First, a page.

Moreover, if meeting certain requirements, private partners may also be provided with tax-exemption benefits that exempt such private partners from paying development charges, overpopulation charges or local taxes that they have to pay in the process of implementing a PPP project.
iii Distribution of risk
As previously stated, a government guarantee is rarely provided for recently promoted PPP projects. Therefore, a project operator must make an accurate forecast of demand and capital procurement and establish an appropriate operation plan to recover the invested capital.
iv Adjustment and revision
Under the PPP Act, the competent authority may propose to amend the terms of the concession agreement in cases where the national or local government deems such amendment necessary for a national or public purpose. The terms of such amendment will be decided upon mutual consultation between the private operator and the competent authority. If the project cost is not recovered as a result of such amendment, the competent authority must compensate the project operator to the extent of the loss incurred by such project operator.
v Ownership of underlying assets
The ownership of underlying assets depends on whether it is a BTO or a BOT method. The underlying assets may be offered as a security for debt financing of a project by the project operator.
vi Early termination
A project operator's appointment may be terminated early or cancelled for cause so long as such cause is one of the grounds for termination prescribed in the PPP Act. The grounds for early termination or cancellation are satisfied:
- if the private operator made misrepresentations in its bid for a project;
- if the project operator fails to fulfil its obligations under the concession agreement for the project without reasonable cause;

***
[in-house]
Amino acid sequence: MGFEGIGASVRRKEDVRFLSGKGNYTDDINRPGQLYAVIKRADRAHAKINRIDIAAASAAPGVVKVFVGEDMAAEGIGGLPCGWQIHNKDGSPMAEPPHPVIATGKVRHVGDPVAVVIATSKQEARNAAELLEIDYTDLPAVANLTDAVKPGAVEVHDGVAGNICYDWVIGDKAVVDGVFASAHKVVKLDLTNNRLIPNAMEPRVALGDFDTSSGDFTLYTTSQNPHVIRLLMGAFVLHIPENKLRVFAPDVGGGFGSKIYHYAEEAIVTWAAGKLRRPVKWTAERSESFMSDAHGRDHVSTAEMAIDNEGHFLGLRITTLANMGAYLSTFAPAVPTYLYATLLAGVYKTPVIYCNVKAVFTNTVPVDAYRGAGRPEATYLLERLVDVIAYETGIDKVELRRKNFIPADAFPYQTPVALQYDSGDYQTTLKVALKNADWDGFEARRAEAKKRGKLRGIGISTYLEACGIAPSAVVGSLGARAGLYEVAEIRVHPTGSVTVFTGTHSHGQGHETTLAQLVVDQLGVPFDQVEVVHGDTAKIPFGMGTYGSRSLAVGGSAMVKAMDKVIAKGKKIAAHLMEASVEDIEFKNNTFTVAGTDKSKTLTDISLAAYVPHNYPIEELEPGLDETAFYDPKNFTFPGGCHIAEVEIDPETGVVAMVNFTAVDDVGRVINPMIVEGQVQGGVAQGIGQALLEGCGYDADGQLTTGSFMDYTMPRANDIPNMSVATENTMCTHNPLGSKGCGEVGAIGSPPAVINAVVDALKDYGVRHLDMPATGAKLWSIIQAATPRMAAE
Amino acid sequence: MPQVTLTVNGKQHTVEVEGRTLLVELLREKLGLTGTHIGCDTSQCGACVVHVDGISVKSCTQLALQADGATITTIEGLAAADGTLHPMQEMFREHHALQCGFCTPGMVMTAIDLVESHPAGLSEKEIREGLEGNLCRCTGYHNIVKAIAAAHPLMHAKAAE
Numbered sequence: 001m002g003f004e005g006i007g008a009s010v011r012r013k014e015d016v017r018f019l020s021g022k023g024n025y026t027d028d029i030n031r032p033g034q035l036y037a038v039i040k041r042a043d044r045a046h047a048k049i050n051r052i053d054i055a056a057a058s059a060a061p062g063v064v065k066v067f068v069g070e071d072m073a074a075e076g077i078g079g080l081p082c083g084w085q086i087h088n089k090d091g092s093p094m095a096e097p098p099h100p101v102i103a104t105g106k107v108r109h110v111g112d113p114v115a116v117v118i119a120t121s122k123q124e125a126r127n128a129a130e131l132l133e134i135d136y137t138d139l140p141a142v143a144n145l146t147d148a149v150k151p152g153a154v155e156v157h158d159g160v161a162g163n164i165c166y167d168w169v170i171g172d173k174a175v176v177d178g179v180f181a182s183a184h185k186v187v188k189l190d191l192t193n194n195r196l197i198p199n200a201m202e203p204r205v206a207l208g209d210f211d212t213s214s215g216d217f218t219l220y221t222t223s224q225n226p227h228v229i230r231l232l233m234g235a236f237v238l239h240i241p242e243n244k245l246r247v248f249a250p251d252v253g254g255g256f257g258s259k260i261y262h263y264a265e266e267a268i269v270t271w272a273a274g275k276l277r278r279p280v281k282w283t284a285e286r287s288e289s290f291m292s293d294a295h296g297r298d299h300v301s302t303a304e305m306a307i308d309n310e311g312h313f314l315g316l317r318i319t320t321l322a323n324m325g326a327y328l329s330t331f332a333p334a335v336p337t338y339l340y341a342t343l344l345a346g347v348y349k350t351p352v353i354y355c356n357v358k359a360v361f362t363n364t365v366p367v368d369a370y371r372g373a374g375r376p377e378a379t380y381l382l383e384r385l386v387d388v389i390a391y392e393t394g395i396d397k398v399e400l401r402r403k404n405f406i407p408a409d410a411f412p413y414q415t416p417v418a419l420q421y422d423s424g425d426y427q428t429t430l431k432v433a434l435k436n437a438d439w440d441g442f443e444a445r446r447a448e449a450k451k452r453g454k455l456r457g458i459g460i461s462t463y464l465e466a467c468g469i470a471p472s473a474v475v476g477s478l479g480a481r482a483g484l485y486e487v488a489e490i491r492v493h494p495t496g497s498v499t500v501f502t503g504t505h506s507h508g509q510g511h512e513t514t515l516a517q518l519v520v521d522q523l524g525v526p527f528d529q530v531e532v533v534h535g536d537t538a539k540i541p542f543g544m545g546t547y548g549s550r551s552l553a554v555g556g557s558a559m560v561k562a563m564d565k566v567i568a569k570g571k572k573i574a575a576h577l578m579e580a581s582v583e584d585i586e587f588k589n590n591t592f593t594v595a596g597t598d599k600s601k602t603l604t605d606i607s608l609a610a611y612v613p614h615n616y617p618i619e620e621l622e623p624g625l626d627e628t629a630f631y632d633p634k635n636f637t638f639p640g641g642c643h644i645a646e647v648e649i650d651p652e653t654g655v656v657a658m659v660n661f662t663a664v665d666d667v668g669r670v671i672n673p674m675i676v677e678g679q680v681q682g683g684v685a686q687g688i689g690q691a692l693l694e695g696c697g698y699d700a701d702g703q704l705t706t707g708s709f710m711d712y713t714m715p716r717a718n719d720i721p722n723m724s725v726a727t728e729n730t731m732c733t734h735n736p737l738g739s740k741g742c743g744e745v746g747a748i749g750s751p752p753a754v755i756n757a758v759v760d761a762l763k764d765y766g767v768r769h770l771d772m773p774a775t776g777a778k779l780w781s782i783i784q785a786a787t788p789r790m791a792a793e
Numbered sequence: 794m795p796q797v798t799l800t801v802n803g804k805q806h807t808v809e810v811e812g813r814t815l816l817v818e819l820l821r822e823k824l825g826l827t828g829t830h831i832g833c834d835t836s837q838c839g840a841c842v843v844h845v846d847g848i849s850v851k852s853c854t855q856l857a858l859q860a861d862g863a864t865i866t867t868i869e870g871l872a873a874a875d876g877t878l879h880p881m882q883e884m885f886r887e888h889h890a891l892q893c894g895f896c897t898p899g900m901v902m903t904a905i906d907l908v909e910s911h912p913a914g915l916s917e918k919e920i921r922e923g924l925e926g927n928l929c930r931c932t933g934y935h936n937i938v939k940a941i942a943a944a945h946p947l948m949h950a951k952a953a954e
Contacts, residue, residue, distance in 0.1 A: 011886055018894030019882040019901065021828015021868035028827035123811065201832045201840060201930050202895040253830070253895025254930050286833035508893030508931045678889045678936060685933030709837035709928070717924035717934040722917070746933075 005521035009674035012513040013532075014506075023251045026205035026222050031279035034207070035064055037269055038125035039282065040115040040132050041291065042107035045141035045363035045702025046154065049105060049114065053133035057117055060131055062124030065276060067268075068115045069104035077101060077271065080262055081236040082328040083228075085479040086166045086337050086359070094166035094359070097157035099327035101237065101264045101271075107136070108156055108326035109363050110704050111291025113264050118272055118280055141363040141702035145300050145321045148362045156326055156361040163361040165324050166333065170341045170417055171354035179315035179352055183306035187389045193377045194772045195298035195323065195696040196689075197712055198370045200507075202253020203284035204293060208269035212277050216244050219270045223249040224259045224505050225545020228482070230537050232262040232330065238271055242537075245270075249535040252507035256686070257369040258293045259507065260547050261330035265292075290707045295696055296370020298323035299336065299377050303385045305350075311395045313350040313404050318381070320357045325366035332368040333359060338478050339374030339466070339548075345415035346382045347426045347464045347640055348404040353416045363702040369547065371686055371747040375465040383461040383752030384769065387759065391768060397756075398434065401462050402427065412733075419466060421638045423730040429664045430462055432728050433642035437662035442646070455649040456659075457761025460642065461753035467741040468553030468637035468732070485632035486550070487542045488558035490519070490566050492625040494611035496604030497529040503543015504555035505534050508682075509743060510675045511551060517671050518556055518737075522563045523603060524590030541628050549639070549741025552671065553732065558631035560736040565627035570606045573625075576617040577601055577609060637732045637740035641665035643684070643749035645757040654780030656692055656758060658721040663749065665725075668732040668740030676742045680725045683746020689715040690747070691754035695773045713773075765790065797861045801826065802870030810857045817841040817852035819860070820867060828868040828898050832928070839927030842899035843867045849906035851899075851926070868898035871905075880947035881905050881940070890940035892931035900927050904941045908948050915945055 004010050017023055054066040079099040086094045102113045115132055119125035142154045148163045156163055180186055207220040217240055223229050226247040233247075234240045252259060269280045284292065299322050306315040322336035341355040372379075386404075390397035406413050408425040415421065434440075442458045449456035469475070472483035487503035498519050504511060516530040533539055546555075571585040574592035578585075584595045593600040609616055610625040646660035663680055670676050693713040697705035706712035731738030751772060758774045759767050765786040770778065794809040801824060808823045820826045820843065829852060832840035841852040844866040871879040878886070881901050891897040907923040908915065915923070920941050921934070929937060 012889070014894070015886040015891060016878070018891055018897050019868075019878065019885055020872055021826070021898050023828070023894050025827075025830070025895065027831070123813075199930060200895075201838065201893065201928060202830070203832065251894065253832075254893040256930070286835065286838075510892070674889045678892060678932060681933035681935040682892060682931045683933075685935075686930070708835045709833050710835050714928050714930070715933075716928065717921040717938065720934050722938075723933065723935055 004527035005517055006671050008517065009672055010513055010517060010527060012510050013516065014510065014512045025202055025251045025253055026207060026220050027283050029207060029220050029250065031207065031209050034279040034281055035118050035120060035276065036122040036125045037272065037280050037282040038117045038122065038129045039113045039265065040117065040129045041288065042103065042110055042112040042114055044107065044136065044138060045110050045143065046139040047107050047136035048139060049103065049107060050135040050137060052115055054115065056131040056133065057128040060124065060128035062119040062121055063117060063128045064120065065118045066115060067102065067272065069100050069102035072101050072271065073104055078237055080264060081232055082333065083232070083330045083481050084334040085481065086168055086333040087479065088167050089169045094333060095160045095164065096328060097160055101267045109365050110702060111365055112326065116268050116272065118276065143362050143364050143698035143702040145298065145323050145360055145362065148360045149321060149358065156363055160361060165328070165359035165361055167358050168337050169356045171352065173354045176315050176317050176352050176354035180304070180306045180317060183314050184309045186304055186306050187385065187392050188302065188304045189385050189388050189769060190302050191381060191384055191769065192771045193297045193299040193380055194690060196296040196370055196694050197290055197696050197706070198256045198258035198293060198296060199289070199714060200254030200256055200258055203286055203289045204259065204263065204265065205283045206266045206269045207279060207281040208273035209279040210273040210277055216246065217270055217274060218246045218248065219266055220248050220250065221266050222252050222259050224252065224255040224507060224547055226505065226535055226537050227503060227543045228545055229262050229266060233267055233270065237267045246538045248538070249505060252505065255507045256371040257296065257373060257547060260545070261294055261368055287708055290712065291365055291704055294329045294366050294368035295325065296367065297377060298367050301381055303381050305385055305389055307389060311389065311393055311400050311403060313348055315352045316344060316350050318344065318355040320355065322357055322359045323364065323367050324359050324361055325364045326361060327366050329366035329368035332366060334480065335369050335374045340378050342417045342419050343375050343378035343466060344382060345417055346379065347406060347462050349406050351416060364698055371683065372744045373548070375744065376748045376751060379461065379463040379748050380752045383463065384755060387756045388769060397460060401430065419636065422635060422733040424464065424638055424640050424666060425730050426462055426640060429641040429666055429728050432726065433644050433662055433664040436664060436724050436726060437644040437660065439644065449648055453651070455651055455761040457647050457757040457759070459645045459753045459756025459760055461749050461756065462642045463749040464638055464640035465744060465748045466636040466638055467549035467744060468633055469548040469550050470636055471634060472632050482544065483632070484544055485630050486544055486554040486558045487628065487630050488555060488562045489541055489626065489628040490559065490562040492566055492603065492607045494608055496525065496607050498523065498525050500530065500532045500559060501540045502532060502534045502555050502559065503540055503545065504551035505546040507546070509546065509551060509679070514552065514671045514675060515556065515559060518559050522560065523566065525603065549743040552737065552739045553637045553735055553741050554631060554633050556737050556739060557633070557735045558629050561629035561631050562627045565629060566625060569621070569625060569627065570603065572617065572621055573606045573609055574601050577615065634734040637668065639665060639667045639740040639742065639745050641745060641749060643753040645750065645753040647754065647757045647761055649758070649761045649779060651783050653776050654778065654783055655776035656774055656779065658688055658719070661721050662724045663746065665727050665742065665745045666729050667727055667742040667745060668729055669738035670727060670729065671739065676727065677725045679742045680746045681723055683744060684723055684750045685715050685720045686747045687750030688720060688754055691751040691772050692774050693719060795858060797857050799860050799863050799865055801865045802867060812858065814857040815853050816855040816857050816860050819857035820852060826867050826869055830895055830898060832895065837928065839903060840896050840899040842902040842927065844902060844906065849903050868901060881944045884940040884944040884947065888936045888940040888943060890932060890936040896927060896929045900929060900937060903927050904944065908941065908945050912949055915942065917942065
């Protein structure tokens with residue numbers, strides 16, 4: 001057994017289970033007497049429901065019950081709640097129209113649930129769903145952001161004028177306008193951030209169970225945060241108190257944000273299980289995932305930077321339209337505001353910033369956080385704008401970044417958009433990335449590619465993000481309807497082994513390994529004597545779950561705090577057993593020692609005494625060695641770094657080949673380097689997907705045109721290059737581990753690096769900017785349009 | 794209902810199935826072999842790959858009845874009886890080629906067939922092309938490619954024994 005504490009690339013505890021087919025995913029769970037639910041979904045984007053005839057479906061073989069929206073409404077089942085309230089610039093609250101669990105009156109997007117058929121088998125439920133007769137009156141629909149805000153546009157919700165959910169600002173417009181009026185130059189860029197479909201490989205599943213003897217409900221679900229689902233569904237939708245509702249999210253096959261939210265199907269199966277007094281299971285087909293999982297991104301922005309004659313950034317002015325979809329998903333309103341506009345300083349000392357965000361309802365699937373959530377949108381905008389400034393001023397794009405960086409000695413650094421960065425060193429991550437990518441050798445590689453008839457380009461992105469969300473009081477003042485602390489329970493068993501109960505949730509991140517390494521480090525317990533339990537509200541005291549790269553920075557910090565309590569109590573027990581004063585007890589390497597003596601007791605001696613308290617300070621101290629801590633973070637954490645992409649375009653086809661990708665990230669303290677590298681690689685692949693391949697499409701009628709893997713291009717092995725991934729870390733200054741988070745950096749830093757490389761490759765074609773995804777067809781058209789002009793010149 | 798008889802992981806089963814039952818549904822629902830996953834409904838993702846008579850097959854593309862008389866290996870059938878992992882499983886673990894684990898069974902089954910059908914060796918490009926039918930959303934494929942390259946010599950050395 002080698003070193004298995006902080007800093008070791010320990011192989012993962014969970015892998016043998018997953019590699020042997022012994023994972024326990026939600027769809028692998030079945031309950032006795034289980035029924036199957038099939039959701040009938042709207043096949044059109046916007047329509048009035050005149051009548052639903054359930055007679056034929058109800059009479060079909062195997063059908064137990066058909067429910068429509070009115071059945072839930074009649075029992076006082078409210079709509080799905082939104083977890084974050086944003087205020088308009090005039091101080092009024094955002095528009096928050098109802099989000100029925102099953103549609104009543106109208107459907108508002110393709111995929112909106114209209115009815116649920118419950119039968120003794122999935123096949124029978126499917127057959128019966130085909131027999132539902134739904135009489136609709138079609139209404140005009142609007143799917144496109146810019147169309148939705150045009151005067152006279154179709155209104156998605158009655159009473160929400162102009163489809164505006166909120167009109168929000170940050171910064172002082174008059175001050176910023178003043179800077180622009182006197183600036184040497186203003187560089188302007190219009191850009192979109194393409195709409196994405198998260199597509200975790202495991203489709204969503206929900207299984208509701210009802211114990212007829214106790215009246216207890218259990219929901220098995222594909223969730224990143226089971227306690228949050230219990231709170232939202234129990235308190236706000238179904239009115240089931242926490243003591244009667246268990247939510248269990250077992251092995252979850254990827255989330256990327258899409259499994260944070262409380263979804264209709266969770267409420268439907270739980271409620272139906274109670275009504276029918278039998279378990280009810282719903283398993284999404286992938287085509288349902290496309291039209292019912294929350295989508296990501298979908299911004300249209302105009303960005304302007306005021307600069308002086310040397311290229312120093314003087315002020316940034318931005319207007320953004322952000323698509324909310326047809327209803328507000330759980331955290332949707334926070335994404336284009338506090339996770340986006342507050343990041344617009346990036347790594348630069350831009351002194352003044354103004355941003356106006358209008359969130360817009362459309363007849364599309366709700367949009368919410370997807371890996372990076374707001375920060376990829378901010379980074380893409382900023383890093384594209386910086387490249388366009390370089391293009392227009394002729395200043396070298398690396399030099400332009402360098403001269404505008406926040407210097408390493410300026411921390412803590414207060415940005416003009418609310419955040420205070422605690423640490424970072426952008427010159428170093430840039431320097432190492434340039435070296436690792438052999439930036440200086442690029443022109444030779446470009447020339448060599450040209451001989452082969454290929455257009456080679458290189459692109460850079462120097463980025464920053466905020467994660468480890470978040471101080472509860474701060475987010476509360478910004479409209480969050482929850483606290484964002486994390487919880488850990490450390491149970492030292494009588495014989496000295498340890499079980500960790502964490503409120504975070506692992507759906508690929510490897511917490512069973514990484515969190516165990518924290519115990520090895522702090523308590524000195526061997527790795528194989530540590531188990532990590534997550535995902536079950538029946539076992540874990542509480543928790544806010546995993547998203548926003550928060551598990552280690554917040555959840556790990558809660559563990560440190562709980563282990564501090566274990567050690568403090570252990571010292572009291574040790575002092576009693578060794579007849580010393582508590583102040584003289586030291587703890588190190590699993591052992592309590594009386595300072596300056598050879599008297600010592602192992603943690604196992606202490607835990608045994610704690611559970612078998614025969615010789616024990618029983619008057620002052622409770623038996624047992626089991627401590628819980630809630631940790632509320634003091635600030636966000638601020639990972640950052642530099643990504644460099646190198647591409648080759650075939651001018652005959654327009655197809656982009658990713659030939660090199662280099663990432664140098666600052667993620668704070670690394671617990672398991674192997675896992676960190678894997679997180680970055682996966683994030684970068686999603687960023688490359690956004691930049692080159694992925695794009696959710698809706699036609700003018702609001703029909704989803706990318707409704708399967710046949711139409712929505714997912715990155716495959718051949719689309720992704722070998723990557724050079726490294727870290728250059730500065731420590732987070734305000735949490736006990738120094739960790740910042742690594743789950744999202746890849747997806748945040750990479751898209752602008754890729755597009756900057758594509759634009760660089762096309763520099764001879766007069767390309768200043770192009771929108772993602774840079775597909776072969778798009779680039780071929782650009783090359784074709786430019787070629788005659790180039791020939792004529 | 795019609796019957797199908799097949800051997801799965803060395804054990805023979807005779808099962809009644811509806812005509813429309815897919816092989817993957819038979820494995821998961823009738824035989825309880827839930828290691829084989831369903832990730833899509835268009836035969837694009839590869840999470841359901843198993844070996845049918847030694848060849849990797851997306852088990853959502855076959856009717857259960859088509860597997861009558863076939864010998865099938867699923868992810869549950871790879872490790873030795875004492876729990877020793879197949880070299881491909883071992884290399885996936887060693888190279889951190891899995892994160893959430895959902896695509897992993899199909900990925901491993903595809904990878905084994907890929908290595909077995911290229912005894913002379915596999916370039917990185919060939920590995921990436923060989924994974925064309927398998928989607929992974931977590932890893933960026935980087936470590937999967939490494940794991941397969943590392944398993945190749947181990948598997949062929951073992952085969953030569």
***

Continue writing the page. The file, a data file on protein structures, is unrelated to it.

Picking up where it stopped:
- if the project operator fails to comply with the requirements under the PPP Act;
- if such termination is necessary for the public benefit, such as the efficient operation of infrastructures; and
- force majeure events such as natural disasters and war, etc.
In addition, early termination is also possible upon occurrence of any of the causes for termination of the concession agreement.
In most PPP projects, it is possible to finance a project in the form of third-party capital and, in fact, project finance accounts for an important part of the financing for PPP projects in Korea. In general, the debt-to-equity ratio is in the range of 8:2 to 6:4 for most PPP projects in Korea. In a case where Korean financial institutions are the lenders for project financing, Korean financial institutions require the project sponsors to enter into an agreement to inject additional capital into the project operator to make up for insufficient funds, in contemplation of a possible shortage in the funds to repay the loan. Cross-border financing is also possible. It must be noted that Korea has a stable foreign exchange market; nevertheless, to deal with the exchange risk, the sponsors of a project operator often elect to enter into a foreign exchange hedging agreement.
There is no noteworthy recent judgment by the court or arbitral tribunal regarding PPP projects. However, in early 2021, a consortium that was not selected as the preferred bidder for the Guri Smart City Construction Project, one of the recent PPP projects that invited private entities to bid, filed for the cancellation of Guri City's preferred bidder selection decision against Guri City. The consortium's case was dismissed by the court. Since the selection of the project-preferred bidder is made under a strict and transparent procedure in accordance with the PPP Act, Enforcement Decree, Enforcement Regulations, Basic Plan and Guidelines, the selection of the preferred bidder is rarely rescinded.